About: the world this week, 29 May to 4 June 2022, music is strained, a celebrity defamation hearing, a plane crash, ruthless fighting, and a Manhattan seaweed.
We Rapped: Moose Wala
This Sunday, 28 years old Moose Wala an Indian singer, rapper, actor, and politician primarily associated with Punjabi music and cinema was shot dead by unidentified attackers while driving near his village in Punjab State. A Canada-based person, Goldy Brar said to belong to the Lawrence Bishnoi Gang, took responsibility for the killing, in a Facebook account. Reasons unknown. The Police are investigating.
Shubhdeep Singh Sidhu was born in Moosa Village, Mansa District, Punjab. He studied Electrical Engineering in Ludhiana and after graduation moved to Canada, in 2016. Sidhu began listening to hip-hop music from the Class 6, and learnt music from Ustad Harvinder Bittu in Ludhiana, before starting to rap. He was heavily influenced by American rapper and actor Tupac Shakur, considered one of the most influential rappers of all-time, with more than 75 million records worldwide to his name.
Sidhu started his career writing music for Ninja (Amit Bhalla-Indian playback singer) and then got his singing career going with a duet song titled ‘G Wagon’.
One year after moving to Canada, Sidhu released his first track, ‘So High’, under the name Moose Wala-a tribute to his village-and gained wide attention.
In 2018, he released his debut Album PBX 1, which peaked at №66 on the Billboard Canadian Albums Chart. Following the Album’s success, he started releasing his songs independently. His 2019 single ’47’ was ranked on the UK Singles Chart. In 2020, Moose Wala was named by The Guardian among 50 ‘up and coming artists’. Ten of his songs have peaked on UK Asian Chart with two of them topping. His song ‘Bambiha Bole’ was among the top five on Global You Tube music chart. In 2021, he released Moosetape, tracks from which charted globally including Canadian Hot 100, UK Asian, and New Zealand Hot charts. I’m breathless, that’s an awesome Chart line-up!
Since then, he has released three albums and more than 60 singles. At one time-the story goes-he was churning out a song a week. And became a household name in Punjab and among Sikhs living abroad. In a career spanning just four years, the rapper had become one of the most ubiquitous faces of Punjab’s fertile hip-hop scene. His voice blares from DJ turntables at Delhi’s flamboyant parties, rickety stereos at tea stalls in rural India and every possible radio channel in Punjab. His very distinctive rapping style enthralled and captured the nuances of life in Punjab.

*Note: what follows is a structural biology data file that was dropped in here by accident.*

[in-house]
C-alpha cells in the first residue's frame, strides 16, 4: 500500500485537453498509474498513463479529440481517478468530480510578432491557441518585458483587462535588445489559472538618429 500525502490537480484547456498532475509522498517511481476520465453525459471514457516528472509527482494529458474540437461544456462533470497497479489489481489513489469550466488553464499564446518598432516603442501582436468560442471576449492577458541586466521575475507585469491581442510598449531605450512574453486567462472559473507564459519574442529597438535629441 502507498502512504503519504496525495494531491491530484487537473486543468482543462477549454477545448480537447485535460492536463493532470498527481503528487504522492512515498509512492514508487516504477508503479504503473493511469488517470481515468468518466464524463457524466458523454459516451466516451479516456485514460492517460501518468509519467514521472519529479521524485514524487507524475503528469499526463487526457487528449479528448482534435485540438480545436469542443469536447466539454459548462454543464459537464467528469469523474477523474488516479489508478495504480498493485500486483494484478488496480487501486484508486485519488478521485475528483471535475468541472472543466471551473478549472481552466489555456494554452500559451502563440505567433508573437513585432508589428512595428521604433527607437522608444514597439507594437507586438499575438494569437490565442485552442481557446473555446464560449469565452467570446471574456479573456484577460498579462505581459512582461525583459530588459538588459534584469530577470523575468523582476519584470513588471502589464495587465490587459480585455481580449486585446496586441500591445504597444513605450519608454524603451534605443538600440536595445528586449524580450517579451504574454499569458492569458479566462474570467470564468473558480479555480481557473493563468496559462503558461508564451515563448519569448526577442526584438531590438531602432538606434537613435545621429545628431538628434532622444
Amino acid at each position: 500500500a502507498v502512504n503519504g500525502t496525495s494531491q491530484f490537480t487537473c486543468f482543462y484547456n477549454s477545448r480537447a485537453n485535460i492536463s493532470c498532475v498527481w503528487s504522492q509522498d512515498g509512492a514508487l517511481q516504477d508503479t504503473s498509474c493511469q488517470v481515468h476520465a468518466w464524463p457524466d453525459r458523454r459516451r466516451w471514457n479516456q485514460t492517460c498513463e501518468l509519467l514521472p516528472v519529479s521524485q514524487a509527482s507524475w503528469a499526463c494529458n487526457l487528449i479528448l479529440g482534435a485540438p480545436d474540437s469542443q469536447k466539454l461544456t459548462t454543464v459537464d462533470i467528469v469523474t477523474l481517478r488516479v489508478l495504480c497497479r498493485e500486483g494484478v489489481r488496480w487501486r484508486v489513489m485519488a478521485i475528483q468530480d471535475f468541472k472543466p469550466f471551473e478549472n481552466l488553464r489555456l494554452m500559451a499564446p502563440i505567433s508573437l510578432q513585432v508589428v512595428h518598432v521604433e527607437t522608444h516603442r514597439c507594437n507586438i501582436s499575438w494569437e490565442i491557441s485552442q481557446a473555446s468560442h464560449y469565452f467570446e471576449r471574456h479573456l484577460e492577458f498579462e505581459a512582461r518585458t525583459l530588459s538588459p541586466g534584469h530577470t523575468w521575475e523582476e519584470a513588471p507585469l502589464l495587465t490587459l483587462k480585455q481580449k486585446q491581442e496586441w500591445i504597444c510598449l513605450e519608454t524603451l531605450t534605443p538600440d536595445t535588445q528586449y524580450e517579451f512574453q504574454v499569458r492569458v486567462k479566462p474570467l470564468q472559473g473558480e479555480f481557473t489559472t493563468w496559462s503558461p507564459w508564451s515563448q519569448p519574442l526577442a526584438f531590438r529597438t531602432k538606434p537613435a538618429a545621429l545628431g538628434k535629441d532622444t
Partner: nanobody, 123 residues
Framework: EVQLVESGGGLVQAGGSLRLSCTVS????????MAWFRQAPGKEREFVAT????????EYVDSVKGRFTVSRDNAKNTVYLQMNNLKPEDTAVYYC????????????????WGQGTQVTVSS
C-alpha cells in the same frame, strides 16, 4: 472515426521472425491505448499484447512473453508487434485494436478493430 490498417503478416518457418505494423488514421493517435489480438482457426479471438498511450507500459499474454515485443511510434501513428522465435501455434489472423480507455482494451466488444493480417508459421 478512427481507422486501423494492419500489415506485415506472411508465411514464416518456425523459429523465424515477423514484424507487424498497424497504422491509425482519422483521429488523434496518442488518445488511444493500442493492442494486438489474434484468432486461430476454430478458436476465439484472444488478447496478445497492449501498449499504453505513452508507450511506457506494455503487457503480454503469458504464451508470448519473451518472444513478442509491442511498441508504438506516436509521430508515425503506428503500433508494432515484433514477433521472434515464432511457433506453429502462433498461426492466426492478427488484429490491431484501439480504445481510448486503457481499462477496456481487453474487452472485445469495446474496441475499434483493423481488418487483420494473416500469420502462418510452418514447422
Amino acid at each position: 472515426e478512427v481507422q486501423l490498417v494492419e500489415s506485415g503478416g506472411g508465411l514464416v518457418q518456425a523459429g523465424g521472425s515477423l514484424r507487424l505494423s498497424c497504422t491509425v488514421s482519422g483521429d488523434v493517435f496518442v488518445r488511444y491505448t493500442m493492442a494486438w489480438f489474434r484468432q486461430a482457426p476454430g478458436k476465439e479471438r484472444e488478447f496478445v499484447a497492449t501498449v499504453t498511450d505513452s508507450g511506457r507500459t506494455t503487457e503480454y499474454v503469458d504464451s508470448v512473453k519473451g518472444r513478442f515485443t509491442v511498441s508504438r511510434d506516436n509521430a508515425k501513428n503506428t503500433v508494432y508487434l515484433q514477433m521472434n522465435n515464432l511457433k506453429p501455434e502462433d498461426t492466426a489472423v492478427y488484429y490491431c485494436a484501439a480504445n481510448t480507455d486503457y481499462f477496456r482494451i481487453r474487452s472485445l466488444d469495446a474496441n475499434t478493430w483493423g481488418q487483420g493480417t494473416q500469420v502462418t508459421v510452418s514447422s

Drawing heavily from the genre of gangster rap, his music was a jumble of gritty opulence showing-off guns and fancy sports cars, as he tried to make sense of life around him. His songs offered unvarnished commentary on the dark underbelly of the rural heartland, where drugs, crime, and corruption often make headlines.
Rap music is a genre that often has lyrical expressions of revenge. And Moose Wala was no exception to this trend. Jealousy of his rivals was also an overarching theme in his music, which was best captured in the smash hit, Jatt da Mukabla: ‘Don’t flutter so high, you birds, for if I want, I can buy the sky.’
Moose Walla had his brushes with the Law. In May 2020, he was booked for firing an AK-47 rifle at a shooting range during the Covid19 Lockdown. He also had a police case against him for seemingly promoting violence and gun culture through his song, ‘Sanju’. Though never convicted, he was accused of trying to normalise violence.
In politics, Moose Wala was a member of India’s Grand Old Party, The Indian National Congress, and unsuccessfully contested in the 2022 Punjab Assembly Elections, from Mansa.
Unbelievable that Moose Wala had bewitched so many people in such a short period. Wonder who (all) got jealous?
We Sang: KK
This week, Indian Music suffered another hit. Singer Krishnakumar Kunnath, aged 53 years, popularly known as ‘KK’ died of a cardiac arrest hours after performing in a concert at Nazrul Mancha for Gurudas College’s Fest in Kolkatta, after which he fell ill and returned to his hotel. When his condition deteriorated, he was rushed to the hospital where the doctors declared him dead on arrival.
KK sang hundreds of songs during his career which began in the 1990s with advertisement jingles. He made his film debut with an A R Rahman soundtrack called ‘Kallooori Salai’ (College Road) in the Tamil movie, Kadhal Desam.
In 1999, he launched his debut album titled ‘Pal’. The songs ‘Pal’ and ‘Yaaron’ from the album became very popular and are commonly used in school farewells.
His biggest hits and most popular Hindi songs include, Tadap Tadap from Hum Dil De Chuke Sanam (1999), Dola Re Dola from Devdas (2002), the Tamil song, Apadi Podu, from Ghilli (2004), Kya Mujhe Pyaar Hai from Woh Lamhe …(2006), Aankhon Mein Teri from Om Shanti Om (2007), Khuda Jane from Bachna Ae Haseeno (2008), Piya Aaye Na from Aashiqui 2 (2013), Mat Aazma Re from Murder 3 (2013), India Wale from Happy New Year (2014), Tu Jo Mila from Bajrangi Bhaijaan (2015).
KK’s other famous songs were, ‘Annanoda Pattu’ (elder brother’s song) in superstar Rajinikanth’s Chandramukhi. And by far, his most popular song in Tamil is Uyirin Uyire in the movie Kaakha Kaakha.
The romance of his songs had strings tied to his real life too. KK fell in love when he was in Class 10 and decided he would marry the girl who stole his heart: he proposed to Jyothy Krishna and eventually married her in 1999 when he was on a firm footing in his career. When asked, wasn’t it too early in life to propose, a confident KK said, “It is not about too early, when you feel something here (gesturing towards his heart), just say it.”